By Adolphus Ames —
The Eastern Shore Art League held an art enrichment day this past Saturday at the Historic Onancock School. The event was funded by United Way and divided into two sessions. One from 10 a.m. to noon for high school students ages 12 to 14 and another from 1 to 3 p.m. for students ages 15 to 17.
“We wanted to try something new,” said Carol Barylski, ESAL secretary and event organizer and instructor. “We used to host annual student art exhibits featuring work students completed in their high school art classes. COVID prevented that from happening last year. So, we decided to switch things up and offer an enrichment day for the kids instead.”
During both sessions, Barylski walked students through various painting techniques, including how to double load colors and properly use rubber cement. Then the students created their own artwork using these techniques.
“I really want the students to see that painting is all about the process not the product,” she said. “Creativity doesn’t come when you are overthinking things or overly neat.”
Barylski, a New Jersey native, has had a love affair with painting since her early youth. “I’ve been painting since my mom put a crayon in my hand,” she said. She attended Rutgers University and studied art history and studio art and then worked as an art teacher in Medford, N.J. before moving to the Eastern Shore 30 years ago.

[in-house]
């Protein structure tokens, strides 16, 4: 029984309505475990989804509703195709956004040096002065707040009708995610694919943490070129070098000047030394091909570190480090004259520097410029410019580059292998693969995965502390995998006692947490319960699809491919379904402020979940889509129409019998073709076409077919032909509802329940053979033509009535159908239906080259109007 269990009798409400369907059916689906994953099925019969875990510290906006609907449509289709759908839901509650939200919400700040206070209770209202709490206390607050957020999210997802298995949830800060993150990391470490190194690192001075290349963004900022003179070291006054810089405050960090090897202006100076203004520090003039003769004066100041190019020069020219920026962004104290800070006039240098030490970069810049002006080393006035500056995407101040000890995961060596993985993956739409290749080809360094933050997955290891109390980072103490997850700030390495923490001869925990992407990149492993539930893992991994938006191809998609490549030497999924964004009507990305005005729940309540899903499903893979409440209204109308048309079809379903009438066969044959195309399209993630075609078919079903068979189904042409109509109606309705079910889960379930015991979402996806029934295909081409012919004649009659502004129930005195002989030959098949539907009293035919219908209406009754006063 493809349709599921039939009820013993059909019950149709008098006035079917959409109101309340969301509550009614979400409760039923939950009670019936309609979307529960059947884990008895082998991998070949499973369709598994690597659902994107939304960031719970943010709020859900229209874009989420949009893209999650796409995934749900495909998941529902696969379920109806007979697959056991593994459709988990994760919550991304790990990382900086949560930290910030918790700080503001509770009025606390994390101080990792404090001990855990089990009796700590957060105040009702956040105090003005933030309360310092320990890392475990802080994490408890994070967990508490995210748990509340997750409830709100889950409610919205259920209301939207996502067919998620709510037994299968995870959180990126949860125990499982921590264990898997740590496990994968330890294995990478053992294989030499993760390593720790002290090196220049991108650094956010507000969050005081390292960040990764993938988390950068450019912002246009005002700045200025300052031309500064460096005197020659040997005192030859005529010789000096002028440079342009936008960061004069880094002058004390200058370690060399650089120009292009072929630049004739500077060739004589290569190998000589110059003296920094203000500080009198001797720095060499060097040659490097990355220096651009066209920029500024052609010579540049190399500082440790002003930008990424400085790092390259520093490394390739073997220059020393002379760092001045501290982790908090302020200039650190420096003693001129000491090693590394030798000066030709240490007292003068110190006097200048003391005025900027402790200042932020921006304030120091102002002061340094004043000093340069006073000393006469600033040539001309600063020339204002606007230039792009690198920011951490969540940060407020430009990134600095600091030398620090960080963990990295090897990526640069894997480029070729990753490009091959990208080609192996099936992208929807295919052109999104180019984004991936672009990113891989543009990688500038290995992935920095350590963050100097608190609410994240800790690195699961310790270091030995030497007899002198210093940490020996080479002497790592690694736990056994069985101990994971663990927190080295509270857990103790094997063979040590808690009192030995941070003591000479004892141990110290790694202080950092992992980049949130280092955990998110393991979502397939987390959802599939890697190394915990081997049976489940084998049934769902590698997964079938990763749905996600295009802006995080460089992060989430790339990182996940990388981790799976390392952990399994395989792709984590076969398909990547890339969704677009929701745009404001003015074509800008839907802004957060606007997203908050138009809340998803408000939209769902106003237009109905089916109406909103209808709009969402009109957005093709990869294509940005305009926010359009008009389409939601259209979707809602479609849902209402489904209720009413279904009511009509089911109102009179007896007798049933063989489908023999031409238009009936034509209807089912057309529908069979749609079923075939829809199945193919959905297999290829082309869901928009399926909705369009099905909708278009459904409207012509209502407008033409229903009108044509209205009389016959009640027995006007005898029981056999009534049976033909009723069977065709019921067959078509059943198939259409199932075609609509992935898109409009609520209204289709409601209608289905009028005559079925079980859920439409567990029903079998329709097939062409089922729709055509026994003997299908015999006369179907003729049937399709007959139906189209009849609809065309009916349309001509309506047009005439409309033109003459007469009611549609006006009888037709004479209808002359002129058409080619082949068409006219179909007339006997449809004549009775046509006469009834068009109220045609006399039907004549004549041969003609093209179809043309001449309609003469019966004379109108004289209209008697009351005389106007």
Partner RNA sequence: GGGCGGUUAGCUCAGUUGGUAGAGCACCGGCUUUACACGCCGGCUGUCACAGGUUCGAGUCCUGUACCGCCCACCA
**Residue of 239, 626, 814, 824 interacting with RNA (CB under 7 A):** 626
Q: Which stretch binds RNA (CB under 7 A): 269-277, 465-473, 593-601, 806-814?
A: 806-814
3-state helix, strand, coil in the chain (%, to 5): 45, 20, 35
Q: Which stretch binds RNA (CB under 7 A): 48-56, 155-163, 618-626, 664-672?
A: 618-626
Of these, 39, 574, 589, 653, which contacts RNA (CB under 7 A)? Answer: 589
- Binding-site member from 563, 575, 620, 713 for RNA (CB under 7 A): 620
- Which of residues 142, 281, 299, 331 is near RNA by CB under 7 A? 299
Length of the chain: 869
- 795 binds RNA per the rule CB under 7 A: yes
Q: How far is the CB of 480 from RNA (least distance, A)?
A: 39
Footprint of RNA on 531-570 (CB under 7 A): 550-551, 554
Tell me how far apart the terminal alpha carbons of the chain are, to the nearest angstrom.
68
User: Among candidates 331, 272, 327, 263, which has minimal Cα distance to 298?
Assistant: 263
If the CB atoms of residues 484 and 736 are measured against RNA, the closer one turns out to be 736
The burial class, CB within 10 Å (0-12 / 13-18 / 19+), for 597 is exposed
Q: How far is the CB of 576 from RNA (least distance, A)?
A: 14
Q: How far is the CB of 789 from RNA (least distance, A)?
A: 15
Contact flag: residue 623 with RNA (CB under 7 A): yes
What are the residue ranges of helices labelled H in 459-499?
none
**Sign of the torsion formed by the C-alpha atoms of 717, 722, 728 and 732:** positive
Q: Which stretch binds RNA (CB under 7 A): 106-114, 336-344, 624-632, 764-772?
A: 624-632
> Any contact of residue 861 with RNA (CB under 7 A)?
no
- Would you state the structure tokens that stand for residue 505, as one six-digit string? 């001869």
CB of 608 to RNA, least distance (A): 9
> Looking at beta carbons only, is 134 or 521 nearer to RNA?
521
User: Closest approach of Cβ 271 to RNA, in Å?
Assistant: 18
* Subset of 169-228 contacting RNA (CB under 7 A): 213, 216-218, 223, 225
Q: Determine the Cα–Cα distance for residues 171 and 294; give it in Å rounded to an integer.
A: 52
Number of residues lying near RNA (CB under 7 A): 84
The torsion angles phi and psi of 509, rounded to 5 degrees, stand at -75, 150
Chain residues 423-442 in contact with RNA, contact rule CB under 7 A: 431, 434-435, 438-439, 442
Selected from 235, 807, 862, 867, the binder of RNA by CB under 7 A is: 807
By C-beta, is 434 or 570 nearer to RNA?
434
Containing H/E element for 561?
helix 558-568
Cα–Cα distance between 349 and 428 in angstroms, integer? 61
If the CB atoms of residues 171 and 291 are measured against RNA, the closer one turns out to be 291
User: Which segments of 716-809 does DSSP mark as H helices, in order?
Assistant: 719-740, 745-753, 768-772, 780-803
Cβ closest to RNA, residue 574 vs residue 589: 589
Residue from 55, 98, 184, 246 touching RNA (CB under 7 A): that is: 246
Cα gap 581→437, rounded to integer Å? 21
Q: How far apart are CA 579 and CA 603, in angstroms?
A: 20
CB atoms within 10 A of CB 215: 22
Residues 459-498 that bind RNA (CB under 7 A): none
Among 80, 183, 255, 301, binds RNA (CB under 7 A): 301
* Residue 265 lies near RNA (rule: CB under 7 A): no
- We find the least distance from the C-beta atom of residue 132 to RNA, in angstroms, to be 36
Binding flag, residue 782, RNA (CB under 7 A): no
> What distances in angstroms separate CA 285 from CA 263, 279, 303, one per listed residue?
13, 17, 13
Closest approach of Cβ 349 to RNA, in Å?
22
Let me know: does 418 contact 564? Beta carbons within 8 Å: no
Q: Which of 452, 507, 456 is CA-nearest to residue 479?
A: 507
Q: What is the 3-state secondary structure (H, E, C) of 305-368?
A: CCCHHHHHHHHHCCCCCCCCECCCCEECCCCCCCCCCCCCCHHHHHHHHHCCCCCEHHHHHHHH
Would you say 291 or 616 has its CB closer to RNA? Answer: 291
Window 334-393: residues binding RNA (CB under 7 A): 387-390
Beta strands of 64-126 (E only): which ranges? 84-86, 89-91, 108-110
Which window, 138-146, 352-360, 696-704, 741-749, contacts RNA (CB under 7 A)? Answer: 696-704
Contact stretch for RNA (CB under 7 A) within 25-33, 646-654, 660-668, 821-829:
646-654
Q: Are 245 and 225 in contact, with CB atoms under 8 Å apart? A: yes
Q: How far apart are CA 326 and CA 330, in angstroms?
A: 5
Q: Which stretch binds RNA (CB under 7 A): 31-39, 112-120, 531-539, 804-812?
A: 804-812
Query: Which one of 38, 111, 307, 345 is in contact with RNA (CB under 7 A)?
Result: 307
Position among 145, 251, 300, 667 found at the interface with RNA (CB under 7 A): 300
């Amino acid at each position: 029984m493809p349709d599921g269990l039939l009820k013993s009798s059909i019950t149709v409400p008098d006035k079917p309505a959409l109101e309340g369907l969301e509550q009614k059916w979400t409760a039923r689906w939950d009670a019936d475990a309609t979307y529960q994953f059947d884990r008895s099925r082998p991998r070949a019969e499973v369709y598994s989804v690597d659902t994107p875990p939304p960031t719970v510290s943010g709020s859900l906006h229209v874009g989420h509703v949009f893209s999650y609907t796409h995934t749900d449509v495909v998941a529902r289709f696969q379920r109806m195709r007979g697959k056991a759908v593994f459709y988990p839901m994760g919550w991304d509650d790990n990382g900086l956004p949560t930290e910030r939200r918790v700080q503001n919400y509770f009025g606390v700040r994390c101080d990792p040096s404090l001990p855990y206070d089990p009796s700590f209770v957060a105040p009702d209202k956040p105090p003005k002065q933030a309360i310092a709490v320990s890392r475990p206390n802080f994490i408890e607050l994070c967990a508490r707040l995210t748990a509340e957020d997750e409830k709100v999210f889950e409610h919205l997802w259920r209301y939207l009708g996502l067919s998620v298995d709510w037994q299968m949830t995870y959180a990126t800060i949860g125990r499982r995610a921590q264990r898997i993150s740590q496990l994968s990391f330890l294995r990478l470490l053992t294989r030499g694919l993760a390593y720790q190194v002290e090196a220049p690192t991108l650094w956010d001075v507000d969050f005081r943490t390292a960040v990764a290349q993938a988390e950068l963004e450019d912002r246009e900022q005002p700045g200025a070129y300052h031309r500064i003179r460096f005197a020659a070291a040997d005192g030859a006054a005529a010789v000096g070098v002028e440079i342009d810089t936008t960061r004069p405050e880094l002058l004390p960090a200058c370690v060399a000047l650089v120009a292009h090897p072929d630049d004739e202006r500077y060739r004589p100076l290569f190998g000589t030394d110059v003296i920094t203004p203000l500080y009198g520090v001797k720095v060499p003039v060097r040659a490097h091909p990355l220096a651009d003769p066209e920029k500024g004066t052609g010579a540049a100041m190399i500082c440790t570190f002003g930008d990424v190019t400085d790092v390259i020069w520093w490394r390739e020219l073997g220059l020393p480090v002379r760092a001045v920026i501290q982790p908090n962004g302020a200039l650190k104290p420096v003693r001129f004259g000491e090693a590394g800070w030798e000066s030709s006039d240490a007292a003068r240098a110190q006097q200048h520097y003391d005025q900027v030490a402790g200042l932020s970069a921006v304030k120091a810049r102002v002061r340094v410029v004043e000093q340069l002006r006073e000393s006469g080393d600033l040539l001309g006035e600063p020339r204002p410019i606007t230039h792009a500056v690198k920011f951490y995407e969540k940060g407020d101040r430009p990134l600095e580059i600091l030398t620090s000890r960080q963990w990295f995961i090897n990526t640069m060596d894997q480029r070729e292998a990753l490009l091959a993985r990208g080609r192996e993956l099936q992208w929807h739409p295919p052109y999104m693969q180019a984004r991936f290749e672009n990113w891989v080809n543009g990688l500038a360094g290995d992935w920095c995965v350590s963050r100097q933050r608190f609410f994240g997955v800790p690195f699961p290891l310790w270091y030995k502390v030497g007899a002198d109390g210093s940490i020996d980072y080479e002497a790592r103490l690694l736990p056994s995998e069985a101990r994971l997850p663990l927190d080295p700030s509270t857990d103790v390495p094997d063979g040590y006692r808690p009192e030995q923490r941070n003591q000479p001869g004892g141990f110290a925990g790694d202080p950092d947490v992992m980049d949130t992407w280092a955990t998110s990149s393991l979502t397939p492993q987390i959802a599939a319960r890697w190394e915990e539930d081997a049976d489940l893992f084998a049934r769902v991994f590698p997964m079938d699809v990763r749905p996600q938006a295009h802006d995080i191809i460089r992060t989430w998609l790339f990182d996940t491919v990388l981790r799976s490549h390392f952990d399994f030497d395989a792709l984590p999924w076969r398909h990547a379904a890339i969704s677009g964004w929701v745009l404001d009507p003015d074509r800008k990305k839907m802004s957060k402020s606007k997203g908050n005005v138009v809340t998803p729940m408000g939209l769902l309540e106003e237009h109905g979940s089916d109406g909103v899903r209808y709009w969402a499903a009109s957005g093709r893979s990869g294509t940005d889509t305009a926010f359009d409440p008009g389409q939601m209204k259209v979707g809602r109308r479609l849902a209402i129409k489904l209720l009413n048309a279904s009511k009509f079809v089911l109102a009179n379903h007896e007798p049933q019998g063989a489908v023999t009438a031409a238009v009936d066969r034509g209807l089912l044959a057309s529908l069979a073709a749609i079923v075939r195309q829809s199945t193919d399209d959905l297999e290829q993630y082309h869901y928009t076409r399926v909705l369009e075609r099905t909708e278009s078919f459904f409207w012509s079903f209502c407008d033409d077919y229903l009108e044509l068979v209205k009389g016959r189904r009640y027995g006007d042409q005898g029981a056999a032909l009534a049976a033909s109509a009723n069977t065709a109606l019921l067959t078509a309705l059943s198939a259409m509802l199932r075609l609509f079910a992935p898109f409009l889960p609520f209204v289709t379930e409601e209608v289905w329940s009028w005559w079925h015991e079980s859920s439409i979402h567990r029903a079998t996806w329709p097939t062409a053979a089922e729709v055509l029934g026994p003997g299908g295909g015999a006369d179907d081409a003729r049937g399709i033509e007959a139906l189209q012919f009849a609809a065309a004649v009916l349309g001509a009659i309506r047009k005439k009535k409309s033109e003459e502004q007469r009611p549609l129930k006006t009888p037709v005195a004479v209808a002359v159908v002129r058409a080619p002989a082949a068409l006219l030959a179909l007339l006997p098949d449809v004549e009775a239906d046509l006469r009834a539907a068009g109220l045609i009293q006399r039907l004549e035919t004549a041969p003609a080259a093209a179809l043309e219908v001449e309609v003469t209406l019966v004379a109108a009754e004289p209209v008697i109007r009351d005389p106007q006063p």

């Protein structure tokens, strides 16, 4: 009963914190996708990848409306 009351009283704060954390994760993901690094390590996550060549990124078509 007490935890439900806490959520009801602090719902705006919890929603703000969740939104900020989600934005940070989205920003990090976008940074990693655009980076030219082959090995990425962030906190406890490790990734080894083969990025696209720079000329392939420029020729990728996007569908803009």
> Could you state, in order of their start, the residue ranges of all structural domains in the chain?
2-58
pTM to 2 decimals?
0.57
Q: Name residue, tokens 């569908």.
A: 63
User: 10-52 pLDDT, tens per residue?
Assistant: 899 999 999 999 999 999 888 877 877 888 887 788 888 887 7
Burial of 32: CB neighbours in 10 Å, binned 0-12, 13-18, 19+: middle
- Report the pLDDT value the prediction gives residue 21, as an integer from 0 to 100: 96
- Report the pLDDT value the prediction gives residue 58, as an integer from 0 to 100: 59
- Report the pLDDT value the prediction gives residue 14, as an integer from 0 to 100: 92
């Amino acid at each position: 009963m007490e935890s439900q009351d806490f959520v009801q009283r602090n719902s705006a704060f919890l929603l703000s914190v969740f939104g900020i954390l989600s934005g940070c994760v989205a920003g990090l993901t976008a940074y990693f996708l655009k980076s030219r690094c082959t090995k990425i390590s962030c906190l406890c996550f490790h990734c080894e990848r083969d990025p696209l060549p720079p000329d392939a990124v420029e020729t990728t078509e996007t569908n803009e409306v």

Dottie Troxler, another ESAL member and Chincoteague resident, also developed an interest in art early in life. “Although I’ve always been interested, I didn’t take any art classes in school,” she said. “Truthfully, I have only been painting for 15 years and joined the art league in 2008. I paint a lot of landscapes and practice in plein air, which is sort of like painting outside in the moment.”
Troxler sells her work to venues such as Lemon Tree Gallery and the Eastern Shore Yacht & Country Club. She and Barylski, like the rest of the art league, are dedicated to promoting the visual arts throughout the Shore. Since the league was formed in 1977, its goal has been to welcome artists of all skill and experience levels and form a network of people interested in creating and learning about art.
The rich network was one of several factors that convinced April Flory, graphic designer and former art league president, to move from New York to the Eastern Shore nine years ago.“We loved the beauty of the Shore and noticed there was an active art scene, so we knew we could make a home here,” Flory said. “Being in this type of environment motivates and inspires you creatively.”
The league frequently hosts paint-outs, exhibits, workshops, presentations, and holiday luncheons for its members in and around Onancock. There have been discussions of hosting more events that are beneficial to the general public, including a weeklong art camp that focuses on a specific medium such as sculpting.
“We really want to bring art to the Shore and particularly bring it to the attention of the youth and foster their creativity,” said Barylski. “Members of rural communities often don’t have proper access to the artistic networks found in more urban areas. We certainly want to change that.”